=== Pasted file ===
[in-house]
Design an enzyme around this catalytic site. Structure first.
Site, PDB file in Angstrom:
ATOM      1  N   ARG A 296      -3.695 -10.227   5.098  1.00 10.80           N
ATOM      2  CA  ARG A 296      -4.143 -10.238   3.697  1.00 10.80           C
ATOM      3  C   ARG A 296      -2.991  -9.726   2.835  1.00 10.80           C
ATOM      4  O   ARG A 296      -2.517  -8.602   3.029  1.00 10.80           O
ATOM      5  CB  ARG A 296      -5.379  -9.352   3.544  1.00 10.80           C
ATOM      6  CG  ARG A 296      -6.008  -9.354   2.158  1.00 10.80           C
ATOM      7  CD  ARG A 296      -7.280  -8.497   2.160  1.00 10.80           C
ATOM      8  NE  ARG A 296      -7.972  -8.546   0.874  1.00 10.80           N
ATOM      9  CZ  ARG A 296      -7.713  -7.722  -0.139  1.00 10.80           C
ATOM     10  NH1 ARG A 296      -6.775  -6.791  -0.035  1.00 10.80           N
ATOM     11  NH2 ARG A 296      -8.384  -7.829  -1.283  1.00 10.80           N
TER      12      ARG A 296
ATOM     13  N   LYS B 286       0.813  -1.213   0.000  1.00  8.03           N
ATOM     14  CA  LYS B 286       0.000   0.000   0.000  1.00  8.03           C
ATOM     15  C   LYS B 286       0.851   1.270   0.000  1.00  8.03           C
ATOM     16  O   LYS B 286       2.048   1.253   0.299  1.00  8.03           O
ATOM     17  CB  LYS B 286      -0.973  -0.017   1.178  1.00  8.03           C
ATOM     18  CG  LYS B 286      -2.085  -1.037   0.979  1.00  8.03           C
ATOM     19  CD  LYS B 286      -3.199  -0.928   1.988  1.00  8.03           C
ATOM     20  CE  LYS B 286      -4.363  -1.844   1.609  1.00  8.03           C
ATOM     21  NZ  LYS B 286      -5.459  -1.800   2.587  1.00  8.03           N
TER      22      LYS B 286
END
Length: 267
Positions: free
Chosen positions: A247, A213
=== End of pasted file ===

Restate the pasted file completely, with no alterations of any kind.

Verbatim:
[in-house]
Design an enzyme around this catalytic site. Structure first.
Site, PDB file in Angstrom:
ATOM      1  N   ARG A 296      -3.695 -10.227   5.098  1.00 10.80           N
ATOM      2  CA  ARG A 296      -4.143 -10.238   3.697  1.00 10.80           C
ATOM      3  C   ARG A 296      -2.991  -9.726   2.835  1.00 10.80           C
ATOM      4  O   ARG A 296      -2.517  -8.602   3.029  1.00 10.80           O
ATOM      5  CB  ARG A 296      -5.379  -9.352   3.544  1.00 10.80           C
ATOM      6  CG  ARG A 296      -6.008  -9.354   2.158  1.00 10.80           C
ATOM      7  CD  ARG A 296      -7.280  -8.497   2.160  1.00 10.80           C
ATOM      8  NE  ARG A 296      -7.972  -8.546   0.874  1.00 10.80           N
ATOM      9  CZ  ARG A 296      -7.713  -7.722  -0.139  1.00 10.80           C
ATOM     10  NH1 ARG A 296      -6.775  -6.791  -0.035  1.00 10.80           N
ATOM     11  NH2 ARG A 296      -8.384  -7.829  -1.283  1.00 10.80           N
TER      12      ARG A 296
ATOM     13  N   LYS B 286       0.813  -1.213   0.000  1.00  8.03           N
ATOM     14  CA  LYS B 286       0.000   0.000   0.000  1.00  8.03           C
ATOM     15  C   LYS B 286       0.851   1.270   0.000  1.00  8.03           C
ATOM     16  O   LYS B 286       2.048   1.253   0.299  1.00  8.03           O
ATOM     17  CB  LYS B 286      -0.973  -0.017   1.178  1.00  8.03           C
ATOM     18  CG  LYS B 286      -2.085  -1.037   0.979  1.00  8.03           C
ATOM     19  CD  LYS B 286      -3.199  -0.928   1.988  1.00  8.03           C
ATOM     20  CE  LYS B 286      -4.363  -1.844   1.609  1.00  8.03           C
ATOM     21  NZ  LYS B 286      -5.459  -1.800   2.587  1.00  8.03           N
TER      22      LYS B 286
END
Length: 267
Positions: free
Chosen positions: A247, A213